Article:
Sunday, August 26, 2018

Is the Legacy of the Past Political Economy Revisiting Zimbabwe?
Sunday News Online
Aug 26, 2018
Bongani Ngwenya

ZIMBABWEs’ inflation stood at 3,52 percent by end of January, and has risen to 4,29 percent by the end of July having escalated from 2,91 percent in June.

At the rate the inflation seems to be rising, it will not be surprising to see the inflation rate hitting the double digit levels sooner than we expect. The phenomenon resembles the archetype of the past.

I remember, for example, when the country started having fuel shortages we all as a nation stood aloof and watched the phenomenon unfolding, and fooled ourselves that the developments were just temporary, and the economic fundamentals were going to correct themselves.

The same happened when the country’s inflation started running away leading to the hyperinflation of the 2008, we were all watching as a nation and wondering what was happening.

Often in situations of lack of prudent economic planning, when economic fundamentals start showing up in the manner the country’s inflation rate is trending from the last quarter of 2017 to the present levels, the ghosts of past failures remain as a systemic legacy, that unfortunately tends to influence current decisions, or failure to institute prudent measures.

The intention really is not to raise any alarm, but to simply conscientise, ourselves on the impact of economic fundamentals as indicated and measured by figures, small and negligible, as they may seem.

I am not at all suggesting that the situation could deteriorate to the same or similar proportions of the 2008 hyperinflation experience. However, these are symptoms of economic fundamentals that are not sitting correctly.

Certainly, the situation requires the attention of the monetary authorities. Embedded in these reported inflation rate figures of 3,52 percent, 4,29 percent, 2,91 percent is a huge story surrounding the performance of the country’s economy.

Economic fundamentals do not lie. In the past, we used to call them, “book economics” and ignored their significance in their economic implications and meaning to our own peril, and what happened next was the experiences of 2008.

It may be partly true that the notable significant leap in the inflation rate of 2,91 percent in June to 4,29 percent in July is attributable to huge public expenditure on the just ended national elections, necessary though, but certainly non-productive and inflationary has caused this phenomenon bearing in mind the fiscus challenges that the country is facing.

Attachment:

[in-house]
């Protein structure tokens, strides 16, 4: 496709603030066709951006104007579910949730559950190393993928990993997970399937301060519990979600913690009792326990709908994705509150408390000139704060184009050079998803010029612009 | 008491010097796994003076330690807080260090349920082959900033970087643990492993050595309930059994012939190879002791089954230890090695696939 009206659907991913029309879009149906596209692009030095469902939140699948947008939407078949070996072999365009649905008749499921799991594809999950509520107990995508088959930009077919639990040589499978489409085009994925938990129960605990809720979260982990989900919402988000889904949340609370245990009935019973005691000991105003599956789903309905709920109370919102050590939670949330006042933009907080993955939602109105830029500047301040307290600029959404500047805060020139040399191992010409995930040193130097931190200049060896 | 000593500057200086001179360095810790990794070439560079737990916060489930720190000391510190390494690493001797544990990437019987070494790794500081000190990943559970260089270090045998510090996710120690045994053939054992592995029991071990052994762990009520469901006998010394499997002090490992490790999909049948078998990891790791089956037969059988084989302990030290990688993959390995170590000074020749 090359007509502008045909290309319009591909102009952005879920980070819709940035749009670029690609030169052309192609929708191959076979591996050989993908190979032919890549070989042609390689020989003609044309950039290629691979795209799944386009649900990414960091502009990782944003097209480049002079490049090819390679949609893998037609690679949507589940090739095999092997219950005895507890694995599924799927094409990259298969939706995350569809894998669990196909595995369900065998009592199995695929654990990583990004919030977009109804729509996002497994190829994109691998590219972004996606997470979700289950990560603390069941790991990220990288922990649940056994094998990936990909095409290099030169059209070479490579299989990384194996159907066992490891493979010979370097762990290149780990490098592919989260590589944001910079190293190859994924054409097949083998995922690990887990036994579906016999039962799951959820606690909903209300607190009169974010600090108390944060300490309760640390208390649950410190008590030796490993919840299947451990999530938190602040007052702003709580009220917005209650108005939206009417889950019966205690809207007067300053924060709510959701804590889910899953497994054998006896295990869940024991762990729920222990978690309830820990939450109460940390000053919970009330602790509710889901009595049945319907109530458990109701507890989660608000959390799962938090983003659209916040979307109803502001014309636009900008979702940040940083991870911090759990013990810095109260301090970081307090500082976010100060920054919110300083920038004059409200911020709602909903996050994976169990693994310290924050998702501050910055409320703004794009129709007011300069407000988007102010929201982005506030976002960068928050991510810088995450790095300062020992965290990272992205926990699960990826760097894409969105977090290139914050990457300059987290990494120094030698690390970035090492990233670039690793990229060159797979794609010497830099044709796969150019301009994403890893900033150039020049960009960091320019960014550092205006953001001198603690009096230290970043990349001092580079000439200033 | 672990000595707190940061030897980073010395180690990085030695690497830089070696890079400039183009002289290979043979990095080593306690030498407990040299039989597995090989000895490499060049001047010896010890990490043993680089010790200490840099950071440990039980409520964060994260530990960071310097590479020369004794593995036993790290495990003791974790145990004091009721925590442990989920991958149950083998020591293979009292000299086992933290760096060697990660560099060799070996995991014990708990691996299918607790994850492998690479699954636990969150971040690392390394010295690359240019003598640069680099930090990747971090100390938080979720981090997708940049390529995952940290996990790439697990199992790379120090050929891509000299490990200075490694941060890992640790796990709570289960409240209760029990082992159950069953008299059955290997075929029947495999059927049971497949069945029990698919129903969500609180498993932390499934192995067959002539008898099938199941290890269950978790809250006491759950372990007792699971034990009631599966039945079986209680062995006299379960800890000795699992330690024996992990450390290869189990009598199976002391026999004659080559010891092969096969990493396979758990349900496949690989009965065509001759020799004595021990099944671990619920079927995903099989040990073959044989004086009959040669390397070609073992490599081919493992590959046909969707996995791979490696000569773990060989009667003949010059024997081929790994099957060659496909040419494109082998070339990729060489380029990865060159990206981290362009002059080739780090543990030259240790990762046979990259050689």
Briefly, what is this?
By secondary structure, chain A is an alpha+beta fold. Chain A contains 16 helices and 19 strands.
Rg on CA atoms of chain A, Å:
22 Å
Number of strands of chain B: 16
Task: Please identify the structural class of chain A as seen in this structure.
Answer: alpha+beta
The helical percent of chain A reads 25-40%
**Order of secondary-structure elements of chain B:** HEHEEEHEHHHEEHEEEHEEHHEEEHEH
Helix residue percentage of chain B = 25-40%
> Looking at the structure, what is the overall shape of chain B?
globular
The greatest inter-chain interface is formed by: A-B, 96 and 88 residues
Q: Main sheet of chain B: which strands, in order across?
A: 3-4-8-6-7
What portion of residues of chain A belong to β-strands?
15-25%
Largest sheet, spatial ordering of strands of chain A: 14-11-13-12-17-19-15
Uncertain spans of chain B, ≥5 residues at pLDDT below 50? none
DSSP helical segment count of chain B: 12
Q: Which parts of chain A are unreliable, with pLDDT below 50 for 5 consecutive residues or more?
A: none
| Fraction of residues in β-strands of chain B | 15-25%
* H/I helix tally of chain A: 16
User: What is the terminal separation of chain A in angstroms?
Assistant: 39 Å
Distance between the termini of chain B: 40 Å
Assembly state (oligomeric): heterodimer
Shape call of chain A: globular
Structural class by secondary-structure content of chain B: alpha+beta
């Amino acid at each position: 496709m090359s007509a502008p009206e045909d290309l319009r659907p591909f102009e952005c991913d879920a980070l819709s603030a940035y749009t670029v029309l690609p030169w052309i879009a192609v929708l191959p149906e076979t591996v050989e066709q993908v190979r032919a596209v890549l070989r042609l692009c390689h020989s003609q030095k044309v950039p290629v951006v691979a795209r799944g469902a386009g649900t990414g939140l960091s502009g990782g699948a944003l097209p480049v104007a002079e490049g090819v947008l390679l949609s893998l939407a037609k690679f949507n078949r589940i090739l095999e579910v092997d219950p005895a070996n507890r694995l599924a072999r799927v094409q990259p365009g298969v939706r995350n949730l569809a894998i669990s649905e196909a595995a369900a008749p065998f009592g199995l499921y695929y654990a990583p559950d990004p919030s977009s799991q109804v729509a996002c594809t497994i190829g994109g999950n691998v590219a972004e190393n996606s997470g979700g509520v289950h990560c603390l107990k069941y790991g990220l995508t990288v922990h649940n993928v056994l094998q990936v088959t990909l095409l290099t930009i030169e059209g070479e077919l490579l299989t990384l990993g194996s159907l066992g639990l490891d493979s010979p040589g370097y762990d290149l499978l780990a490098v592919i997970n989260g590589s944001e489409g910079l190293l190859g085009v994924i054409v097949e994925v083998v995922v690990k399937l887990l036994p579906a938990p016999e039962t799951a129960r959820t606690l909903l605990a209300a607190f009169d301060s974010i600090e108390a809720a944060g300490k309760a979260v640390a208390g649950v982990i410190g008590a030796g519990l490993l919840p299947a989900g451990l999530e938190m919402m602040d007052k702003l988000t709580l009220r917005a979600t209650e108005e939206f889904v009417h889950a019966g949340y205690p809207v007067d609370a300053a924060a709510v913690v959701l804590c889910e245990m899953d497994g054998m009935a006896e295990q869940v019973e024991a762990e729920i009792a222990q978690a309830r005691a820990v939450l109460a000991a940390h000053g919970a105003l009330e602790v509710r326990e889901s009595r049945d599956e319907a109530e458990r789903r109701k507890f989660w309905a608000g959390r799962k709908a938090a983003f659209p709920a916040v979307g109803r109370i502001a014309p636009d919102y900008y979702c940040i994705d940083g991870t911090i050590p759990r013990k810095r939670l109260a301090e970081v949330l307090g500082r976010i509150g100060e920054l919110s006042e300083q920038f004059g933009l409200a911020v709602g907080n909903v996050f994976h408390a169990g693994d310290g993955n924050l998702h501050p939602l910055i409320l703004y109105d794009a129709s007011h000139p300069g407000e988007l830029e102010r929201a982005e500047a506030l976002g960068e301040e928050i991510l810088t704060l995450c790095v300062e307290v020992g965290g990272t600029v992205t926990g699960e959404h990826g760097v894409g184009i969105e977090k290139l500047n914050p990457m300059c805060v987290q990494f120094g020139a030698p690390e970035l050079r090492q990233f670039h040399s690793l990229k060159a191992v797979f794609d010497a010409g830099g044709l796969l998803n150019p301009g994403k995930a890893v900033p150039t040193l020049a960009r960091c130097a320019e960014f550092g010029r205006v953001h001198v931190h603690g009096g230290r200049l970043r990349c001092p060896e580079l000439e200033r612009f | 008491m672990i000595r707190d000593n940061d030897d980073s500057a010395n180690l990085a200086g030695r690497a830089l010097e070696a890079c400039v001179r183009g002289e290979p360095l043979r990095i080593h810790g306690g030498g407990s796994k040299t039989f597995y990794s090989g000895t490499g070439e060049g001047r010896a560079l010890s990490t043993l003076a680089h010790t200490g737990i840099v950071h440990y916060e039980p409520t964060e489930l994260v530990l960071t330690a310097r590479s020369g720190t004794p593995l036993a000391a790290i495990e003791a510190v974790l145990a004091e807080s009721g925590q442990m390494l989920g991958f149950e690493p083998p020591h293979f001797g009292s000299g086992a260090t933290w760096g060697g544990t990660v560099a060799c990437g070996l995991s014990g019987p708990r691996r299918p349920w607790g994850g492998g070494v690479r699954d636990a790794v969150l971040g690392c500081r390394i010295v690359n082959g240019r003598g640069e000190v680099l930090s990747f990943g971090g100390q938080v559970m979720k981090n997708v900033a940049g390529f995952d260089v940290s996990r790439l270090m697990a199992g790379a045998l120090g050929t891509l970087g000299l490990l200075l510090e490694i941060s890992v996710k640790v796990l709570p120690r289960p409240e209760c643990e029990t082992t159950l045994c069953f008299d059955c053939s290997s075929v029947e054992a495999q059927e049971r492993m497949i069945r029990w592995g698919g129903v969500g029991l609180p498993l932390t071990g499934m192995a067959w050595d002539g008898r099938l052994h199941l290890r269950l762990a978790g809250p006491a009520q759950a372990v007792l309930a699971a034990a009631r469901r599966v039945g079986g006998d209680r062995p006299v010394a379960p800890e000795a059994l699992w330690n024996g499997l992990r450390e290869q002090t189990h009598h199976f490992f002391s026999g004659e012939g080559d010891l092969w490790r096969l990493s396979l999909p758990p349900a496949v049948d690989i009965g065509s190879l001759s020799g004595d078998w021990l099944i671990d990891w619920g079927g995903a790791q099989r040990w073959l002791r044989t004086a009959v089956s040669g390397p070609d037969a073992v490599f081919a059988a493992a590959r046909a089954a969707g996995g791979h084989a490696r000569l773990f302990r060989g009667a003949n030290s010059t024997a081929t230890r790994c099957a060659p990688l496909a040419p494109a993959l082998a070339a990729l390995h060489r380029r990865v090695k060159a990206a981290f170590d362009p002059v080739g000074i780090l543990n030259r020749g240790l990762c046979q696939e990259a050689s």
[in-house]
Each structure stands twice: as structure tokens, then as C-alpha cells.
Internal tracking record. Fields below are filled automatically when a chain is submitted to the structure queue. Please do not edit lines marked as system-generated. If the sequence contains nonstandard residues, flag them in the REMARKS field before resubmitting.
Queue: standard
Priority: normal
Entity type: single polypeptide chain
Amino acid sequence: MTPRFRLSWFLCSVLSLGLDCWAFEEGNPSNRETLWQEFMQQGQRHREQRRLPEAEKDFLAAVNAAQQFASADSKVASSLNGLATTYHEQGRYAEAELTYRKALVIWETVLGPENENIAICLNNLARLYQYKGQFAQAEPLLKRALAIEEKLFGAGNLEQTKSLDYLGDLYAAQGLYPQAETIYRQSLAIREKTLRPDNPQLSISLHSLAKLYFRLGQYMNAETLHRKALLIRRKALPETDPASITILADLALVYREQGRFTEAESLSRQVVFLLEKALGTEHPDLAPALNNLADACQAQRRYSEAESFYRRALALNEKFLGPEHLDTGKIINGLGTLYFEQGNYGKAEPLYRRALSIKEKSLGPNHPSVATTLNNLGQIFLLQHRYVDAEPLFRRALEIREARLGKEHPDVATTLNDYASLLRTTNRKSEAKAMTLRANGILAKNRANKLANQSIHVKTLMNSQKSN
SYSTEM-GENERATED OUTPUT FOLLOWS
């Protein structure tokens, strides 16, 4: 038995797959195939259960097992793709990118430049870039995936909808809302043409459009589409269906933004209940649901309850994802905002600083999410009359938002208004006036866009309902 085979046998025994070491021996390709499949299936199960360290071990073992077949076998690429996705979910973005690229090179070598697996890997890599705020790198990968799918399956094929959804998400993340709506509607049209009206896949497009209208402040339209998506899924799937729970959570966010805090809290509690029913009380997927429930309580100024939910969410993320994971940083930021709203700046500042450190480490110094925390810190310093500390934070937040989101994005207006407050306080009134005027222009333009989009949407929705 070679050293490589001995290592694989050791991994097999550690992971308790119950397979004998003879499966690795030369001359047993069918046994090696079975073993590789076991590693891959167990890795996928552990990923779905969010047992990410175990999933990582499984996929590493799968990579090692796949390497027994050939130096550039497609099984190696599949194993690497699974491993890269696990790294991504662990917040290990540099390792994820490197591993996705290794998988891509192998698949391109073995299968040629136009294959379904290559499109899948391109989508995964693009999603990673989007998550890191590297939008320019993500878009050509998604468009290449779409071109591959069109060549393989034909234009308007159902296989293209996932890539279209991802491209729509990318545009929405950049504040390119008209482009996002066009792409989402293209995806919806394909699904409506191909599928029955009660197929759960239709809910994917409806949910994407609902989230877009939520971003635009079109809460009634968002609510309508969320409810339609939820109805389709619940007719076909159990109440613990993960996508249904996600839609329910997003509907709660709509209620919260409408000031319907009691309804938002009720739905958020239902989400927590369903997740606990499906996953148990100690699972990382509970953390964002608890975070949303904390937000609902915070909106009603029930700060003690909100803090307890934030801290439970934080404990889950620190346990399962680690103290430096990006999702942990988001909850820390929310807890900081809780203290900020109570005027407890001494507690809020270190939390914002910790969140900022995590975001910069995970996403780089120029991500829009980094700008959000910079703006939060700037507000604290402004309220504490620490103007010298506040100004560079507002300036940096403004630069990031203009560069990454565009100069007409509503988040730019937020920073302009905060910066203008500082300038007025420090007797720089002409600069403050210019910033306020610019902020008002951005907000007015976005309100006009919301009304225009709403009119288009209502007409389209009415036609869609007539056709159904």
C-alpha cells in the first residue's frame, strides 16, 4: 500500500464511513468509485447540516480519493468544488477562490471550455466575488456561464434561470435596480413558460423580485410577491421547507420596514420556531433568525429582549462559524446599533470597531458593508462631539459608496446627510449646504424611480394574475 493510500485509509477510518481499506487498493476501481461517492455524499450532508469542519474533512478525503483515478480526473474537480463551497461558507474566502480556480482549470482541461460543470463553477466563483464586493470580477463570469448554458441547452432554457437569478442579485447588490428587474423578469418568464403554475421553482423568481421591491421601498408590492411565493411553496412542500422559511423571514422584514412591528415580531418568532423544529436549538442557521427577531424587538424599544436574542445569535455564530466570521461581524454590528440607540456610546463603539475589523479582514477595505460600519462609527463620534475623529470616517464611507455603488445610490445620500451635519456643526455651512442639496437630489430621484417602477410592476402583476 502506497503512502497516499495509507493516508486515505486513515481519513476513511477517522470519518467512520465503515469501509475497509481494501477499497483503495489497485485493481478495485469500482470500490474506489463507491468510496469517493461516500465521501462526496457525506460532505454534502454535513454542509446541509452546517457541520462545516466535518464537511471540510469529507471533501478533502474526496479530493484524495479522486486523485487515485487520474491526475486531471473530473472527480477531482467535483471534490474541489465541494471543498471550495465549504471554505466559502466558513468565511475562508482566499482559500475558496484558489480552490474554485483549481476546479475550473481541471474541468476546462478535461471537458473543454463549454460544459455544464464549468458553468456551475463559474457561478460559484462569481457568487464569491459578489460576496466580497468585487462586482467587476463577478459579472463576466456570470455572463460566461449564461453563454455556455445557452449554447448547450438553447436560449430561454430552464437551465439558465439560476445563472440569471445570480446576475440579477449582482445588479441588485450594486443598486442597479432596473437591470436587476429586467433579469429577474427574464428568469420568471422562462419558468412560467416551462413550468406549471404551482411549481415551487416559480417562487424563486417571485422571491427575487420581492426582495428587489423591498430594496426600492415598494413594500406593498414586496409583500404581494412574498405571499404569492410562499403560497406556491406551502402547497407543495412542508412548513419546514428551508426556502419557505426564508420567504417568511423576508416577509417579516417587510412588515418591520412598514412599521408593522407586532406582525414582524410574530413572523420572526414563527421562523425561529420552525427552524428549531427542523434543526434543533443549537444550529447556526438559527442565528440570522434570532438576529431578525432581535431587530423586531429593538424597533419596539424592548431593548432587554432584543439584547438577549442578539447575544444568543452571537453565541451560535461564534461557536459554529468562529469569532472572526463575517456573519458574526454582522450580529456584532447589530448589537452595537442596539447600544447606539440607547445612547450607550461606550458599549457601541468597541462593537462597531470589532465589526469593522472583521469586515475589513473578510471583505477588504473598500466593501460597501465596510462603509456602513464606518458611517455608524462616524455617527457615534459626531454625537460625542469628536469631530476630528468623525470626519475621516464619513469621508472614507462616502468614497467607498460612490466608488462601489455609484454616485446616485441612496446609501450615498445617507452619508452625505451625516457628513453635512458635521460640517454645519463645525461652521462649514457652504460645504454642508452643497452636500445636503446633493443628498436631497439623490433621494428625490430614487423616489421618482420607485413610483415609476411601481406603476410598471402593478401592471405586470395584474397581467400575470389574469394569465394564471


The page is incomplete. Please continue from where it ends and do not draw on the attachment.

In the presence of the sovereign currency, the monetary authorities would possibly been able to manage the inflation rate at certain levels by exercising the necessary monetary policy interventions and measures such as open market operations.

However, in the current absence of the sovereign currency situation, intervention through lame duck monetary policies is not adequate to fully control the impending or threatening inflation. On a comparative note, the country’s exports remained subdued over the same period while the imports were relatively high.

This structural phenomenon indicates that the country’s domestic and industrial capacity still remains subdued to reduce the import bill to sustainable levels.

While it may be true that the cost of doing business and production is high in Zimbabwe, it is my opinion that the inflation has little to show for cost-push effect, but a combination of demand pull effect and pricing distortion in a multi-currency economic environment.

There is high demand for imports, high demand for financing public recurrent expenditure and the blotting budget deficit. Zimbabwe’s economic challenges are multifaceted.

The abandonment of the domestic currency in preference of the multi-currencies has caused the liquidity problem in the economy bearing in mind that these multi-currency reserves can only be generated through export earnings.

On the other hand, the country’s capacity to finance the fiscus has been curtailed by the informalisation of the economy and deindustrialisation over the years. Imports come with a component of imported inflation that combines with domestic pricing distortion and black market exchange rate disequilibrium between the bond notes and the US dollar.

The bond note has continued to be discounted on the black market. So far, the Reserve Bank of Zimbabwe has not come up with any measures to curb the inflation. The prices of basic commodities are escalating, further eroding the consumer incomes purchasing power.

In a normal full employment and full production economy, the scarcity of liquidity in the economy would be expected to put pressure on the prices of goods and services to go down. The current situation is the opposite, owing to a number of factors.

The most notable being the structural challenges that come with the adoption of the multi-currency regime, the unsustainable negative trade balance, among many factors.

In conclusion, I believe it would be prudent for the monetary authorities to institute measures now to curb the inflation from trending beyond the single digit levels.

Dr Bongani Ngwenya is currently based at UKZN as a Postdoctoral Research Fellow. He can be contacted at

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